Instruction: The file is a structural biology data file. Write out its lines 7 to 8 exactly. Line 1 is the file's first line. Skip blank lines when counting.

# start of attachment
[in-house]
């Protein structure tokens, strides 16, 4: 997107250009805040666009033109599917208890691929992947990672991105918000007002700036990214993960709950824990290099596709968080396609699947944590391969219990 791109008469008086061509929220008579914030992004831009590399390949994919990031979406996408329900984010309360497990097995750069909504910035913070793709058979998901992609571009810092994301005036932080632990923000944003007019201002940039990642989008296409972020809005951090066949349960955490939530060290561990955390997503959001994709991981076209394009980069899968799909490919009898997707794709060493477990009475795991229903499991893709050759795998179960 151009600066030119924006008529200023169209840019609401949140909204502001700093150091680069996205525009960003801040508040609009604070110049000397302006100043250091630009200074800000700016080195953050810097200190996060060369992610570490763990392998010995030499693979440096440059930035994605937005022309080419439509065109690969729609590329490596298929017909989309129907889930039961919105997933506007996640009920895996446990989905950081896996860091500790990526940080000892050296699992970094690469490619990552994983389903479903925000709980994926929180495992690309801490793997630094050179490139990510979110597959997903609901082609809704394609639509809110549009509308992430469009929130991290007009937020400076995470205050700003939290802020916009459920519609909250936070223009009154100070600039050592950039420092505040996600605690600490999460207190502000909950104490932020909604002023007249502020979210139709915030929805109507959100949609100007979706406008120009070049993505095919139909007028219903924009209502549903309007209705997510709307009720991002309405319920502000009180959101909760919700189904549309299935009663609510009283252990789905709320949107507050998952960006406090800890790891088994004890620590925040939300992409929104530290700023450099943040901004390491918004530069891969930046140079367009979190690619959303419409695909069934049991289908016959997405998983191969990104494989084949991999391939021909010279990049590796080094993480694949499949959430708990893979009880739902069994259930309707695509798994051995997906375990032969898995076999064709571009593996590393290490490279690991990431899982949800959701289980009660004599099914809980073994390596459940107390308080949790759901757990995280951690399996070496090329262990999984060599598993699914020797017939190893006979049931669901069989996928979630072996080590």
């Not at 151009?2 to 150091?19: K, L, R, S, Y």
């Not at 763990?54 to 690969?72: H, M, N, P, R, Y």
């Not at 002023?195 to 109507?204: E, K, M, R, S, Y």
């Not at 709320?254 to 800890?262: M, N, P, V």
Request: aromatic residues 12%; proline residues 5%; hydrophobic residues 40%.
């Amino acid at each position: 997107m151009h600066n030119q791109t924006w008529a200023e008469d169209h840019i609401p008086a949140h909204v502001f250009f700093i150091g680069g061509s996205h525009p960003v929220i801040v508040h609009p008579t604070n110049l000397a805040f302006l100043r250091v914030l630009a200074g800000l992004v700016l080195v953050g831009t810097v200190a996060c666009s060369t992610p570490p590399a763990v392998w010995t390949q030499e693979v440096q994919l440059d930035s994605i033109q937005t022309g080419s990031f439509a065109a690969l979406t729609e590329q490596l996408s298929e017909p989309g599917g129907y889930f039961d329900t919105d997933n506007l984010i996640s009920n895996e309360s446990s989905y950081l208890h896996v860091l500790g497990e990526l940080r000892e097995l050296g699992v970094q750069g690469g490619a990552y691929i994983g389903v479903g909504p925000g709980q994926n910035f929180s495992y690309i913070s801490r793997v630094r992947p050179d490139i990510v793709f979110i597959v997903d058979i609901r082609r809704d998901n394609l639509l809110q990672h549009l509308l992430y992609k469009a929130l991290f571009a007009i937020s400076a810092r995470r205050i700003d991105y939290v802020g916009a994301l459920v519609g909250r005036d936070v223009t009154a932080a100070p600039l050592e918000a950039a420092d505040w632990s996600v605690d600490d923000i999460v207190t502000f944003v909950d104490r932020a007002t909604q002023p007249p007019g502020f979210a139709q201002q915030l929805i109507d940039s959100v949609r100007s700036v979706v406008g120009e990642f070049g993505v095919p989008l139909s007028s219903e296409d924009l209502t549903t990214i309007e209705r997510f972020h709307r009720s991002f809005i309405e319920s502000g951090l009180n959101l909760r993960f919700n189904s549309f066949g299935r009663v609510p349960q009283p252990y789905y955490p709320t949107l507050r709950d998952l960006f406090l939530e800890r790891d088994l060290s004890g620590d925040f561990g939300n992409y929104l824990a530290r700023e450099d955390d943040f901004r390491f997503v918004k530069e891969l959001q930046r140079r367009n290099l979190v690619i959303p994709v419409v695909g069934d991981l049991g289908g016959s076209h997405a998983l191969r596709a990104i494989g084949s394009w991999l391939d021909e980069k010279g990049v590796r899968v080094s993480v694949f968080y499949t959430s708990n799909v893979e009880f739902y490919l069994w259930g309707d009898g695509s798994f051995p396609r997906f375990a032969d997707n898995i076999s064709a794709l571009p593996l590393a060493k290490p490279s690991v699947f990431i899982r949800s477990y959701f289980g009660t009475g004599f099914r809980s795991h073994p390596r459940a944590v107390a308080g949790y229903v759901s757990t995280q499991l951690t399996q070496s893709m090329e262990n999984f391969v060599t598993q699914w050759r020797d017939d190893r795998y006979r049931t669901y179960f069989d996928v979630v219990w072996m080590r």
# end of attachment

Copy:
Request: aromatic residues 12%; proline residues 5%; hydrophobic residues 40%.
């Amino acid at each position: 997107m151009h600066n030119q791109t924006w008529a200023e008469d169209h840019i609401p008086a949140h909204v502001f250009f700093i150091g680069g061509s996205h525009p960003v929220i801040v508040h609009p008579t604070n110049l000397a805040f302006l100043r250091v914030l630009a200074g800000l992004v700016l080195v953050g831009t810097v200190a996060c666009s060369t992610p570490p590399a763990v392998w010995t390949q030499e693979v440096q994919l440059d930035s994605i033109q937005t022309g080419s990031f439509a065109a690969l979406t729609e590329q490596l996408s298929e017909p989309g599917g129907y889930f039961d329900t919105d997933n506007l984010i996640s009920n895996e309360s446990s989905y950081l208890h896996v860091l500790g497990e990526l940080r000892e097995l050296g699992v970094q750069g690469g490619a990552y691929i994983g389903v479903g909504p925000g709980q994926n910035f929180s495992y690309i913070s801490r793997v630094r992947p050179d490139i990510v793709f979110i597959v997903d058979i609901r082609r809704d998901n394609l639509l809110q990672h549009l509308l992430y992609k469009a929130l991290f571009a007009i937020s400076a810092r995470r205050i700003d991105y939290v802020g916009a994301l459920v519609g909250r005036d936070v223009t009154a932080a100070p600039l050592e918000a950039a420092d505040w632990s996600v605690d600490d923000i999460v207190t502000f944003v909950d104490r932020a007002t909604q002023p007249p007019g502020f979210a139709q201002q915030l929805i109507d940039s959100v949609r100007s700036v979706v406008g120009e990642f070049g993505v095919p989008l139909s007028s219903e296409d924009l209502t549903t990214i309007e209705r997510f972020h709307r009720s991002f809005i309405e319920s502000g951090l009180n959101l909760r993960f919700n189904s549309f066949g299935r009663v609510p349960q009283p252990y789905y955490p709320t949107l507050r709950d998952l960006f406090l939530e800890r790891d088994l060290s004890g620590d925040f561990g939300n992409y929104l824990a530290r700023e450099d955390d943040f901004r390491f997503v918004k530069e891969l959001q930046r140079r367009n290099l979190v690619i959303p994709v419409v695909g069934d991981l049991g289908g016959s076209h997405a998983l191969r596709a990104i494989g084949s394009w991999l391939d021909e980069k010279g990049v590796r899968v080094s993480v694949f968080y499949t959430s708990n799909v893979e009880f739902y490919l069994w259930g309707d009898g695509s798994f051995p396609r997906f375990a032969d997707n898995i076999s064709a794709l571009p593996l590393a060493k290490p490279s690991v699947f990431i899982r949800s477990y959701f289980g009660t009475g004599f099914r809980s795991h073994p390596r459940a944590v107390a308080g949790y229903v759901s757990t995280q499991l951690t399996q070496s893709m090329e262990n999984f391969v060599t598993q699914w050759r020797d017939d190893r795998y006979r049931t669901y179960f069989d996928v979630v219990w072996m080590r």